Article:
The Purchase Agreement: Part III

| May 30, 2014
Commercial Real Estate, Purchase Agreements, Real Estate Equity


Previously we took a look at the due diligence process of a commercial real estate transaction.  In this edition, let’s discuss what a Buyer needs to know about contingencies.

In a typical CRE deal, there are various standard contingencies that work to benefit Buyers (provided that a Buyer is savvy enough to include such contingencies in the purchase agreement).  Essentially, the Buyer is given a “free look” or a period of time during which they can conduct their due diligence and determine whether or not they want to go forward.  The scope of the Buyer’s due diligence is essentially determined by the types of contingencies in the purchase agreement.  Typically, the Buyer’s free look period ends on a contingency date.  On the contingency date, the Buyer’s earnest money likely becomes non-refundable, unless the Buyer has objected to conditions on the property (or terminated the deal, if available).  Contingencies are often very deal-specific, but there are a number of common contingency concepts that come up time and again and generally apply in any deal.  They include:


It is standard for a Buyer to be granted the right to inspect the physical condition of the property.  This may include invasive testing of the soil surrounding a piece of property, among other things.  Typically, a Buyer will pay the costs associated with this type of investigation.


A Buyer is granted the right to review the status of title to the property, and to object to certain deficiencies or issues with the title prior to the contingency date.  The Seller will usually have a period of time in which to cure any title defects (typically right up to the closing date), and in some instances, the Buyer may have the right to proceed despite certain objections but may escrow portions of the purchase price to remedy such title issues.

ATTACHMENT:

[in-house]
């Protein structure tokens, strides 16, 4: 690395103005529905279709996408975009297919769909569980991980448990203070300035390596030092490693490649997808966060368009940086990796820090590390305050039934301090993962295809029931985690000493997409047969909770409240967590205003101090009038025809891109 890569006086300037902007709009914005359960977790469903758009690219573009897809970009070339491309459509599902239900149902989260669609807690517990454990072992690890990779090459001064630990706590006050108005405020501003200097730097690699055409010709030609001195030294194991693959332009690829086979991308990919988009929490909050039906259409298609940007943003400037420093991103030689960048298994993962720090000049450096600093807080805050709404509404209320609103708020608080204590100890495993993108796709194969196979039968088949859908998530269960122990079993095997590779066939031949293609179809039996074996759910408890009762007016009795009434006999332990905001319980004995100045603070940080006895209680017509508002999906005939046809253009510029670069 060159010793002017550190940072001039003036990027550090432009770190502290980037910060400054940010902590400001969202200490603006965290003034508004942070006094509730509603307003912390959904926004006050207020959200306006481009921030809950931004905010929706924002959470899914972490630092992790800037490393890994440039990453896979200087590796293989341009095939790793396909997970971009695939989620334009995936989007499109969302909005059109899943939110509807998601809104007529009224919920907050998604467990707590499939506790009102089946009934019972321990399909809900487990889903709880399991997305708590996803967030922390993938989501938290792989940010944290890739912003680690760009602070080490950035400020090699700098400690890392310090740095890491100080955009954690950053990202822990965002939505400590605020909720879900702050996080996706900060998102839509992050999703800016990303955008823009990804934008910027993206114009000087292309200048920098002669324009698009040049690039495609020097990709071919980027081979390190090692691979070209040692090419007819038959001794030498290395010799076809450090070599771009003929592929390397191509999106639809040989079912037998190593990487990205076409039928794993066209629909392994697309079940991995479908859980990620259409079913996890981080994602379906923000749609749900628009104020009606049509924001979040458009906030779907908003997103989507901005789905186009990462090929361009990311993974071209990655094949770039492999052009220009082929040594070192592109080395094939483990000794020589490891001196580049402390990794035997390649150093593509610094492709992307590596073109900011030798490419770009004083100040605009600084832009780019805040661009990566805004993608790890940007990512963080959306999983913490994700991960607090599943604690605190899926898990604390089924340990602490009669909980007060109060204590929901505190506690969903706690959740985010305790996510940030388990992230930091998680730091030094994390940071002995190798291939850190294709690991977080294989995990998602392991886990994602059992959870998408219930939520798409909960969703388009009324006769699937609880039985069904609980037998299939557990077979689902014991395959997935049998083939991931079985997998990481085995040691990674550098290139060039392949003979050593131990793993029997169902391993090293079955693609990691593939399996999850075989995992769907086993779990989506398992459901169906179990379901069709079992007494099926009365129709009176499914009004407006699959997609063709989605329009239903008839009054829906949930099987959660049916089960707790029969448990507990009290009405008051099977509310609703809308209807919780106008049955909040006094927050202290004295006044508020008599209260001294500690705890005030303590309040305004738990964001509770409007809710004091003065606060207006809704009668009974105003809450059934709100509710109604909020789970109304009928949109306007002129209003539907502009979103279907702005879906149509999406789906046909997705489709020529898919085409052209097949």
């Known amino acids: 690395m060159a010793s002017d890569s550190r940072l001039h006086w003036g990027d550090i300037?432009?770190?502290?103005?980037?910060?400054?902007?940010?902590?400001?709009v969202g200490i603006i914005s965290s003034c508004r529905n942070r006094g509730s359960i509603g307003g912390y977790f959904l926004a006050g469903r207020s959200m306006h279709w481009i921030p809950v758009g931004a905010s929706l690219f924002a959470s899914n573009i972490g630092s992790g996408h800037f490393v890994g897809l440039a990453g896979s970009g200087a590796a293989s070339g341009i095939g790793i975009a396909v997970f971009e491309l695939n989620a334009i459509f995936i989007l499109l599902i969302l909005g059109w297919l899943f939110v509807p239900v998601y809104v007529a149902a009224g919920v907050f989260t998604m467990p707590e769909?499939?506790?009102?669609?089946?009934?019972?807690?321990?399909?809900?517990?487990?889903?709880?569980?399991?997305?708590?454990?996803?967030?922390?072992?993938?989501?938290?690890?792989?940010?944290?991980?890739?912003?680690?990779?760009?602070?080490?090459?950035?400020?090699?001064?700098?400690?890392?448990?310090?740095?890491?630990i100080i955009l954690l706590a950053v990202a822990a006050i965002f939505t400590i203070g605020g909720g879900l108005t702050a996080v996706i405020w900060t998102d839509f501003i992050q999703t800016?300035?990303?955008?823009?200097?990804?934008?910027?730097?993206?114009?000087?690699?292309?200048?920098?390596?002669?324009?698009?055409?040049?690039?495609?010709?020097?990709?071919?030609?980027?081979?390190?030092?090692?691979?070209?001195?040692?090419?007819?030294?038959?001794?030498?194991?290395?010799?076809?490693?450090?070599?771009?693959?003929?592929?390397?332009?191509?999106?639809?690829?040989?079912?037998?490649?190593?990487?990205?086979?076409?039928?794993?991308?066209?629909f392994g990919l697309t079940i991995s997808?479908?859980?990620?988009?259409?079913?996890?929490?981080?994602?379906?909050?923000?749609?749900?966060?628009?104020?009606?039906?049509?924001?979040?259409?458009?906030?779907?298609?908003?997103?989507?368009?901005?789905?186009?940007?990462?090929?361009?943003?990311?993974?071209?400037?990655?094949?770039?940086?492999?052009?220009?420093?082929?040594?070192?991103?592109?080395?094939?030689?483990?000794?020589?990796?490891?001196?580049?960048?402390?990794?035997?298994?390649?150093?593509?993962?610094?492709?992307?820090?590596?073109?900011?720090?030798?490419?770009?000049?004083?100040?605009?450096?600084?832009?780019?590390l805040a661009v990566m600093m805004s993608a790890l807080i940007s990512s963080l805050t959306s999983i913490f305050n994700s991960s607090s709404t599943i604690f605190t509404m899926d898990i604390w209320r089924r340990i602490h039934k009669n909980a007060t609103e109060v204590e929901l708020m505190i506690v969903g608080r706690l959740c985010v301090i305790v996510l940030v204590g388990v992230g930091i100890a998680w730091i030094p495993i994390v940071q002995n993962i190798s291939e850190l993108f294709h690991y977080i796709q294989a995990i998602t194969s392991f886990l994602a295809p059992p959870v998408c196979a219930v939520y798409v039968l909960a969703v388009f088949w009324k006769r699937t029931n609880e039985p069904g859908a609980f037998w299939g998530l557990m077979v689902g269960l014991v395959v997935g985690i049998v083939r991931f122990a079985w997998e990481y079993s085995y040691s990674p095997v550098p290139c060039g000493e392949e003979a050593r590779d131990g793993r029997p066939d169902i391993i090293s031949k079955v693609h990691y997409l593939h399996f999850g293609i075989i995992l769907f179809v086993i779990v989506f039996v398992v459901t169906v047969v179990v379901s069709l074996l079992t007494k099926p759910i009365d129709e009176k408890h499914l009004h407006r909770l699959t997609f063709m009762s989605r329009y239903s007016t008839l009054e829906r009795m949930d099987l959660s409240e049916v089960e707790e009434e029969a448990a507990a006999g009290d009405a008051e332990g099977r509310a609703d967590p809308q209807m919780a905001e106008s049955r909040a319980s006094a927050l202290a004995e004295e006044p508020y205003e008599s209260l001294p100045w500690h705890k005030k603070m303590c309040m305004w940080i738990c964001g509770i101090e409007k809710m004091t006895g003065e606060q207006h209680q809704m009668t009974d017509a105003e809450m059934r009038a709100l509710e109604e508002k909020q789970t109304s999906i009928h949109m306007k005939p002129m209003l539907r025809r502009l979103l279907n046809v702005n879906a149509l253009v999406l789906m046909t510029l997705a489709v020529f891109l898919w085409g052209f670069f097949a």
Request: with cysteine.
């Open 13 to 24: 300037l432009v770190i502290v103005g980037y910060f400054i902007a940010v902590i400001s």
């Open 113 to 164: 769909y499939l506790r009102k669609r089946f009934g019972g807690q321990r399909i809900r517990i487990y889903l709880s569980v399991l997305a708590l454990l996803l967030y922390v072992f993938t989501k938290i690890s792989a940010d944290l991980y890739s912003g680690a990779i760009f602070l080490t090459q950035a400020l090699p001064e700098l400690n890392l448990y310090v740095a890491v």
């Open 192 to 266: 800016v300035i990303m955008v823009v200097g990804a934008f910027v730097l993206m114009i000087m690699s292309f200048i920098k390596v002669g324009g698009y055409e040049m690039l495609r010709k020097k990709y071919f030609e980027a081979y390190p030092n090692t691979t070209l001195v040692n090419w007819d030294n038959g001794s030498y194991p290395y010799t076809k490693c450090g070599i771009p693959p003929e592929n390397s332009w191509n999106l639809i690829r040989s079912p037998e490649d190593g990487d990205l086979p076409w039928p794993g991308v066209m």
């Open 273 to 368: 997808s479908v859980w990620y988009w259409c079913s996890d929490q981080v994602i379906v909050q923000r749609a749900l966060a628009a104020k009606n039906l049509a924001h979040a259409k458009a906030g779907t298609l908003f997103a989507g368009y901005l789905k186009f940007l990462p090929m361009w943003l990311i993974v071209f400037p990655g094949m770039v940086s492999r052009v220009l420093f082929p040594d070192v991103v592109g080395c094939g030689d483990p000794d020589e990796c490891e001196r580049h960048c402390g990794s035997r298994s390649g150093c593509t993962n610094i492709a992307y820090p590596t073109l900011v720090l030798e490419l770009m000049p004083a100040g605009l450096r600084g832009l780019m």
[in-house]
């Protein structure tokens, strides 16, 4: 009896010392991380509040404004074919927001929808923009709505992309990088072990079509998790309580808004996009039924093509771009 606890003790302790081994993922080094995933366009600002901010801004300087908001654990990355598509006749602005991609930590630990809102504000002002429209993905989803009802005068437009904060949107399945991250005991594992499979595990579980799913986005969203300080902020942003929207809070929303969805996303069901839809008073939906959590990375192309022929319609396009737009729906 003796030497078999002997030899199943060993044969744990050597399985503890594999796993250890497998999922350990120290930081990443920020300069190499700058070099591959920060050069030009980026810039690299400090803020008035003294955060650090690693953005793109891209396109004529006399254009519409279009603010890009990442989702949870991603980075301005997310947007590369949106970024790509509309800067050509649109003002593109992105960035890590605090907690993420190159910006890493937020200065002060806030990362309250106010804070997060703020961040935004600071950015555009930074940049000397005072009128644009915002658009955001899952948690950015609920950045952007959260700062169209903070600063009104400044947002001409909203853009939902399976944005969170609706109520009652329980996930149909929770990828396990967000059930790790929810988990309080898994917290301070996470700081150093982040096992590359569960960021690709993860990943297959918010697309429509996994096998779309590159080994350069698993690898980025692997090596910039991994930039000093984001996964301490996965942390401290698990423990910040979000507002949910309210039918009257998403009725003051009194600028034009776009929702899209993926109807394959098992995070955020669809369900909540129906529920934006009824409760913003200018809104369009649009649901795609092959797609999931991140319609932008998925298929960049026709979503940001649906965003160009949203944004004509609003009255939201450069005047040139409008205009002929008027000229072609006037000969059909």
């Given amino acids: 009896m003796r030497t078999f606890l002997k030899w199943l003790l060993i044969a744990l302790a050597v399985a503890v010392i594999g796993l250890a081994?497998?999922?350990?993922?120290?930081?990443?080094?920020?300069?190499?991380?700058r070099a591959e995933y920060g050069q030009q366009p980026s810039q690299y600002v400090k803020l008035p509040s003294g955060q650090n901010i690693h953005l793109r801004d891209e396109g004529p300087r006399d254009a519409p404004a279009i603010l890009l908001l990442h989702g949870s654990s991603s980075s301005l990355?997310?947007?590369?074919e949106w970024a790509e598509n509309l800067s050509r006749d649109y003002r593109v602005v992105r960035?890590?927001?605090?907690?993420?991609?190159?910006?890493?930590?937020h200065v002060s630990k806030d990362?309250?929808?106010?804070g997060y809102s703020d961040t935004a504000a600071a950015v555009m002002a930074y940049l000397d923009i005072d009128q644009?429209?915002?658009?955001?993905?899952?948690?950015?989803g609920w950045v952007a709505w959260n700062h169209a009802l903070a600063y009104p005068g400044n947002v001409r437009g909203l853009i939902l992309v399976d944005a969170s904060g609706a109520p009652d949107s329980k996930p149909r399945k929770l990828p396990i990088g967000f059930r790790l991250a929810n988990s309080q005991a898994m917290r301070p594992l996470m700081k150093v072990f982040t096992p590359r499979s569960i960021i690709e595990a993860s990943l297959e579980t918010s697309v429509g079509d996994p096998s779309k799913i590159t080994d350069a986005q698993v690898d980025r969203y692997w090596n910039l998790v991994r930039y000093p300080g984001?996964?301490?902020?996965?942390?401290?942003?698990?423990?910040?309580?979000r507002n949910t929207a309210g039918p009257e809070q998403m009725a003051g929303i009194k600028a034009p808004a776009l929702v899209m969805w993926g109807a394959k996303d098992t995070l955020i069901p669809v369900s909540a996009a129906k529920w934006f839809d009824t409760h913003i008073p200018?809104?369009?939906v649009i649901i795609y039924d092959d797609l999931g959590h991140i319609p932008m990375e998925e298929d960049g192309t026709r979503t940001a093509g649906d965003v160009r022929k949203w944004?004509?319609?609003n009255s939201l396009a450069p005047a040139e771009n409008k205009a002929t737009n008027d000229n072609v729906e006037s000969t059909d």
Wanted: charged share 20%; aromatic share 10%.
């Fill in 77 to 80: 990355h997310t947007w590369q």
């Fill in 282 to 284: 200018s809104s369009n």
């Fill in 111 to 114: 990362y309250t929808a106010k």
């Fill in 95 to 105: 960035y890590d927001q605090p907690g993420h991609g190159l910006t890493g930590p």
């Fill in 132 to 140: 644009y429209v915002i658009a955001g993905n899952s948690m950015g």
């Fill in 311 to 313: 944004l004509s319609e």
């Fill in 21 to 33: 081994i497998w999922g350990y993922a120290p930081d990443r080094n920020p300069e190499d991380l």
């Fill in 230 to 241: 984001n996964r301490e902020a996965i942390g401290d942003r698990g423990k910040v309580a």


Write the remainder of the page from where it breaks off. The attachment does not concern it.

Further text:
In some cases, property needs to be platted, or subdivided, or the intended use of the Buyer must be approved via special use or conditional use permit.  Or, the plans for the Buyer’s intended development of the property must be approved, among other things.  Obtaining the requisite government approvals under these circumstances is a common contingency in commercial purchase agreements.


Financing contingencies are common, and like other provisions, vary substantially in complexity.  Commonly, a Buyer must waive this contingency if they find “reasonably acceptable” financing options.  In other cases, a Buyer may negotiate for a provision that allows them to cancel the purchase agreement in the event they do not get approved for financing at a particular interest rate.  In connection with a financing contingency, a Buyer will typically covenant to use its best efforts to obtain approval for whatever type of financing is required under the purchase agreement.

There are a variety of other general contingencies which give the Buyer an “out” if the contingencies are not met by the specified contingency date.  During the due diligence process, the Buyer will determine which contingencies can be waived, and what issues need to be resolved prior to closing.  Well-drafted due diligence and contingency provisions in a purchase agreement will give the Buyer a leg up when it comes to managing the unforeseen costs and risks of acquiring a piece of commercial real estate.

Watch for The Purchase Agreement: Part IV, in which we discuss representations and warranties, pro-rations, and general provisions which allocate risk and liability between Seller and Buyer.